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What does it mean to be descendants of Sarah, Rivka, Rachel and Leah?

By Rabbi Ari Enkin, Rabbinic Director, United with Israel

This week’s Torah portion is Veyakhel (Exodus 35:1–38:20) and it addresses the role of women in the construction of the Mishkan, the portable Tabernacle that the Jewish people carried with them throughout their forty years of wandering in the desert.

Here are some of the relevant verses: “Everyone who decided to offer a gift to the Lord brought the things that they wanted to give…. Both men and women brought beautiful things because they wanted to do that. They brought gold things and jewels that they had worn. They included rings, necklaces and other beautiful things…All the women who knew how to make things used their hands to make material. They brought what they had made: blue, purple and red material and good linen…Other clever women used goats’ hair to make cloth. They did that because they wanted to help…Men and women all brought the gifts that they had decided to bring.”

As such, let’s use this week’s article to discuss women’s role in Judaism.

A Jewish woman is a descendant of Sarah, Rivka, Rachel and Leah. She should keep this in mind at all times. A Jewish woman, the lady of the house, is known as the “akeret habayit” – the “foundation of the home.” It is she who sets the tone and atmosphere of the home.

A Jewish home must be a place where Judaism is celebrated seven days a week. A place where God and Jewish tradition reigns supreme.

A place that revolves around the children, their education, and by extension, Jewish continuity.

Where mealtime centers around the laws of kashrut and blessings before and after meals.

A Jewish home is a mini-Tabernacle, a mini-Temple, where God Himself dwells as it says, “They shall make Me a sanctuary, and I shall dwell among them.” (Exodus 25:5). All of this, and more, is in the hands of the lady of the house.

Marriage, domestic violence and divorce are all topics discussed by the sages of the medieval world. The rabbis instituted rulings and arrangements that made it impossible for a woman to be divorced against her will and gave her broader freedom as to when she could demand a divorce.

For example, Maimonides ruled that a woman who found her husband “repugnant” could ask a court to compel a divorce. As he writes, “because she is not like a captive, to be subjected to intercourse with one who is hateful to her”. Furthermore, Maimonides ruled that a woman may “consider herself as divorced and remarry” if her husband disappeared for three years or more. This was to prevent women married to traveling merchants from becoming an agunah (“chained”) if the husband never returned.

The rabbis also instituted and tightened prohibitions on domestic violence.

Rabbi Peretz ben Elijah ruled, “The cry of the daughters of our people has been heard regarding men who raise their hands to strike their wives. Who gave a husband the authority to beat his wife?” Rabbi Meir of Rothenberg ruled that, “One who beats his wife is to be excommunicated and banned and beaten.“ Rabbi Meir of Rothenberg also ruled that a battered wife could ask the rabbinical court to compel her husband to grant her a divorce. Monetary fines were also given to abusive husbands. These changes were made at a time where wife-beating was widely considered legal and routine!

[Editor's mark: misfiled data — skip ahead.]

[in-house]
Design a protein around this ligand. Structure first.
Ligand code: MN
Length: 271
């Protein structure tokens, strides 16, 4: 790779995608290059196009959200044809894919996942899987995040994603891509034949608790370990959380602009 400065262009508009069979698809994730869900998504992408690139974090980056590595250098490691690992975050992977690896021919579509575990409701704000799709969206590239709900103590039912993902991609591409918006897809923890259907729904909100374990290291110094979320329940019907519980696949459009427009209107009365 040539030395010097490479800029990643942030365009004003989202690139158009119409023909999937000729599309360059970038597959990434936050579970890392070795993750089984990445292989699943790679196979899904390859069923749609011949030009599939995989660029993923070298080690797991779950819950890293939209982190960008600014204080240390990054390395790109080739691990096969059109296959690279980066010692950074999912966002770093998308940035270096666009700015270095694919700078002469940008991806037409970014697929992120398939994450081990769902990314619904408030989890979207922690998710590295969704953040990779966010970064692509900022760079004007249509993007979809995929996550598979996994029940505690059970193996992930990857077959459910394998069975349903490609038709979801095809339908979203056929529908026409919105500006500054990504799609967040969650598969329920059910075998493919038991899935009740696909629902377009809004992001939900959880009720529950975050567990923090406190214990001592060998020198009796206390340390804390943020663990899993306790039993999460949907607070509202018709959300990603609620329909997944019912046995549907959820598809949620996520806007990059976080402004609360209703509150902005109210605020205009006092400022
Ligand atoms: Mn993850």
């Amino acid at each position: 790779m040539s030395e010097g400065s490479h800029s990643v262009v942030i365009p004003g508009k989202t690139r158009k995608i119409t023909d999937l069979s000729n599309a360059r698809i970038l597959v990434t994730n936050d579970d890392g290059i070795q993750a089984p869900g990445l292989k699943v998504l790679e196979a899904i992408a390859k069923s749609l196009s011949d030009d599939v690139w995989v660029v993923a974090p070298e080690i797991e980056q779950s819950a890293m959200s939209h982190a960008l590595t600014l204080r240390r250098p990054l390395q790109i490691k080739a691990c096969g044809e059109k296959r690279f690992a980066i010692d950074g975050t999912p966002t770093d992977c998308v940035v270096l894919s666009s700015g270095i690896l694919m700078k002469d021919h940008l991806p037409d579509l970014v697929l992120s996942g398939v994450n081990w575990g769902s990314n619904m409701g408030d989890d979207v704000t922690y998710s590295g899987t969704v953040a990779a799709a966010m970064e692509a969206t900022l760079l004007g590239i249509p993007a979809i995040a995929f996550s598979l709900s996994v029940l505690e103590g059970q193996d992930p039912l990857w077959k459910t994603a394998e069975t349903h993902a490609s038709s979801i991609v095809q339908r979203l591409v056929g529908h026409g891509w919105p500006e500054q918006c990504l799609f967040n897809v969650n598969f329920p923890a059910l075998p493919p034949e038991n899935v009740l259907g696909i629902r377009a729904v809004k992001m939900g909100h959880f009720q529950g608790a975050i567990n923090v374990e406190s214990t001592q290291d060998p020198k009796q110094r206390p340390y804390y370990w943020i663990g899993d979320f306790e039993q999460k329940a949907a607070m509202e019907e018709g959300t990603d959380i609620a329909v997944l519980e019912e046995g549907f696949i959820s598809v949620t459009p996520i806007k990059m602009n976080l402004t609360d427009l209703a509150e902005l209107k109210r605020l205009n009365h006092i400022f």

Orthodox Judaism teaches that there are different roles for men and women in religious life. Equal but different.

One of the most noticeable differences between men and women in Orthodox Judaism is the issue of women being exempt, often mistakenly referred to as “excluded,” from the performance of certain mitzvot and rituals.

To understand: women are exempt from most “time-bound” mitzvot. For example, since the shofar must be sounded during the day women are exempt from having to hear the shofar! (although most women do indeed attend services on Rosh Hashana and make an effort to hear the shofar). The tallit, tefillin, and lulav shaking must all be done during daylight hours only, they cannot be done at night – hence they are “time bound.”

There are two primary reasons why women are exempt from time-bound commandments. One reason is practical: they have no time! They are too busy taking care of the home which is a much more important task. Another reason is because a women’s level of spiritually is higher than that of men and, as such, they don’t need all these commandments to keep them in tow.

As such, women are exempt from time-bound mitzvot.

Torah study for women, however, has been advanced and strongly emphasized in the orthodox community. Until the 20th century orthodox women learned very very little, and many were illiterate. It was the orthodox Beis Yakov system that brought advanced education or women to the forefront.

Here are some of the more prominent teachings from the Talmud on women: “Greater is the reward to be given by God to the righteous women than to righteous men,” “a man without a wife lives without joy, blessing, and good,” “a man should love his wife as himself and respect her more than himself,” “Israel was redeemed from Egypt by virtue of its (Israel) righteous women,” “women have greater faith than men,” and “women have greater powers of discernment.”

After thinking about all this, one might actually come to the conclusion that men are second class in Judaism! But that too, is false. We are equal!

For more insights by Rabbi Enkin on this week’s Torah portion, click on the links below.

How Torah Judaism Views Women

The Gift of Shabbat

Make Your Deeds Match Your Words

How Big Should a Leader’s Ego Be?